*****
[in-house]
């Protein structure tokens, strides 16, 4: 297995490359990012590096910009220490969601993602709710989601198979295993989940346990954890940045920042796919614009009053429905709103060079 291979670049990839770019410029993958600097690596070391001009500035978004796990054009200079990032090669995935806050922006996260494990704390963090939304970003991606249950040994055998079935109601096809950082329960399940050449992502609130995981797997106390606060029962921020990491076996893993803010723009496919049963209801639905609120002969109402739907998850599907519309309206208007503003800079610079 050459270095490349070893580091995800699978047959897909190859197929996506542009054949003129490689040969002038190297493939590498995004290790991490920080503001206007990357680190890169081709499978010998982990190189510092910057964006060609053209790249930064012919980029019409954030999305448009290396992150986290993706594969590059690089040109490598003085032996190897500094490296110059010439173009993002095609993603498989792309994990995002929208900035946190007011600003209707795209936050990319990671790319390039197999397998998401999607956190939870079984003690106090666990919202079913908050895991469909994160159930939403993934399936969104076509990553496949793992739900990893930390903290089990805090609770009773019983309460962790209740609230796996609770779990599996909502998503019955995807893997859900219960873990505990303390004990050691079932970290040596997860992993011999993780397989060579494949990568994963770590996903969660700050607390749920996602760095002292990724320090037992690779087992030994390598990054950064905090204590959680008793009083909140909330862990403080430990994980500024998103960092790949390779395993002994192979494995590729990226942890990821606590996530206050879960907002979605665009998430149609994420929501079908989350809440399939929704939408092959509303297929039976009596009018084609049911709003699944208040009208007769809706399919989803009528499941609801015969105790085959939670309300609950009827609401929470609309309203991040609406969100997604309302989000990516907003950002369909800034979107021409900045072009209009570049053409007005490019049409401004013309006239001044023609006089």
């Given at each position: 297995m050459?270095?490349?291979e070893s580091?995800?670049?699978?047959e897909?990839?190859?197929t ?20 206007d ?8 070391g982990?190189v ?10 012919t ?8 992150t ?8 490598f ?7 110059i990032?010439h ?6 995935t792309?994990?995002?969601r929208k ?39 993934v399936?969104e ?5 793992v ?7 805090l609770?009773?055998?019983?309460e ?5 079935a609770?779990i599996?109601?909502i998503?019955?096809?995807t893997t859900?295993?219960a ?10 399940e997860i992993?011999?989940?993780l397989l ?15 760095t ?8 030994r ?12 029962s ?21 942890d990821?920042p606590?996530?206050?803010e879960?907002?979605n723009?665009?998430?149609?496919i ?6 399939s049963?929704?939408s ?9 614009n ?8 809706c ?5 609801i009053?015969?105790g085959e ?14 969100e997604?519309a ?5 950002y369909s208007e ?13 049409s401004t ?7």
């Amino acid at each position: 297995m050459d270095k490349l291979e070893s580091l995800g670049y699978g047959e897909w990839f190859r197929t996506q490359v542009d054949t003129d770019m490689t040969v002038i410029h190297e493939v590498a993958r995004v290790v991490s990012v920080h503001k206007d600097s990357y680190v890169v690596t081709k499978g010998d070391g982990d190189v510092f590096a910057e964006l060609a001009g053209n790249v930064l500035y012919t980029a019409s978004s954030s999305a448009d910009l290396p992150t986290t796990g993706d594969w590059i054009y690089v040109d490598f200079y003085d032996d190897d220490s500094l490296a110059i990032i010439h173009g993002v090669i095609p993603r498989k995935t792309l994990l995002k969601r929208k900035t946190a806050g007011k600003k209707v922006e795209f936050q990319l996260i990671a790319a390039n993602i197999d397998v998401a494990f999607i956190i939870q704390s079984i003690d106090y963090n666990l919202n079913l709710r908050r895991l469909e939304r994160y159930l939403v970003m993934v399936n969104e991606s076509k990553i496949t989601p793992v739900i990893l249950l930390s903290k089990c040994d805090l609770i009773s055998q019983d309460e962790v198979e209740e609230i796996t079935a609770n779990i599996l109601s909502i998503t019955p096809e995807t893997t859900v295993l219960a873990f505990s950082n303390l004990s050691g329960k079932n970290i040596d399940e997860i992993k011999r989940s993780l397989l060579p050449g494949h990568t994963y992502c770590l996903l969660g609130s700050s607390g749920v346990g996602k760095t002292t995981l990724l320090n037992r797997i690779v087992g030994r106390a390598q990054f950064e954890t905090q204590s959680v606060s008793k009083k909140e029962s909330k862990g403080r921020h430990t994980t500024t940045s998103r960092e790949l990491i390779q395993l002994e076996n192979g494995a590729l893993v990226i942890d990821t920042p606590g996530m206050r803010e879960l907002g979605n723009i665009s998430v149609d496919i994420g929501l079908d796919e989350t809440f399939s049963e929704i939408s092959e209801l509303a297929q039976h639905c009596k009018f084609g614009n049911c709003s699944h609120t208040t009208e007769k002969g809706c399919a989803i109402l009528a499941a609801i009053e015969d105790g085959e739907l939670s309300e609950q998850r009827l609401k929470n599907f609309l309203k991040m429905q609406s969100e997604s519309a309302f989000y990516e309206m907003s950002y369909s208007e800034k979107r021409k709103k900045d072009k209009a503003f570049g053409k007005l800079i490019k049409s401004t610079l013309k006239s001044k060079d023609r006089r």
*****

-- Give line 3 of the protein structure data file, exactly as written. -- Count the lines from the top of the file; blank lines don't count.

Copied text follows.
């Given at each position: 297995m050459?270095?490349?291979e070893s580091?995800?670049?699978?047959e897909?990839?190859?197929t ?20 206007d ?8 070391g982990?190189v ?10 012919t ?8 992150t ?8 490598f ?7 110059i990032?010439h ?6 995935t792309?994990?995002?969601r929208k ?39 993934v399936?969104e ?5 793992v ?7 805090l609770?009773?055998?019983?309460e ?5 079935a609770?779990i599996?109601?909502i998503?019955?096809?995807t893997t859900?295993?219960a ?10 399940e997860i992993?011999?989940?993780l397989l ?15 760095t ?8 030994r ?12 029962s ?21 942890d990821?920042p606590?996530?206050?803010e879960?907002?979605n723009?665009?998430?149609?496919i ?6 399939s049963?929704?939408s ?9 614009n ?8 809706c ?5 609801i009053?015969?105790g085959e ?14 969100e997604?519309a ?5 950002y369909s208007e ?13 049409s401004t ?7």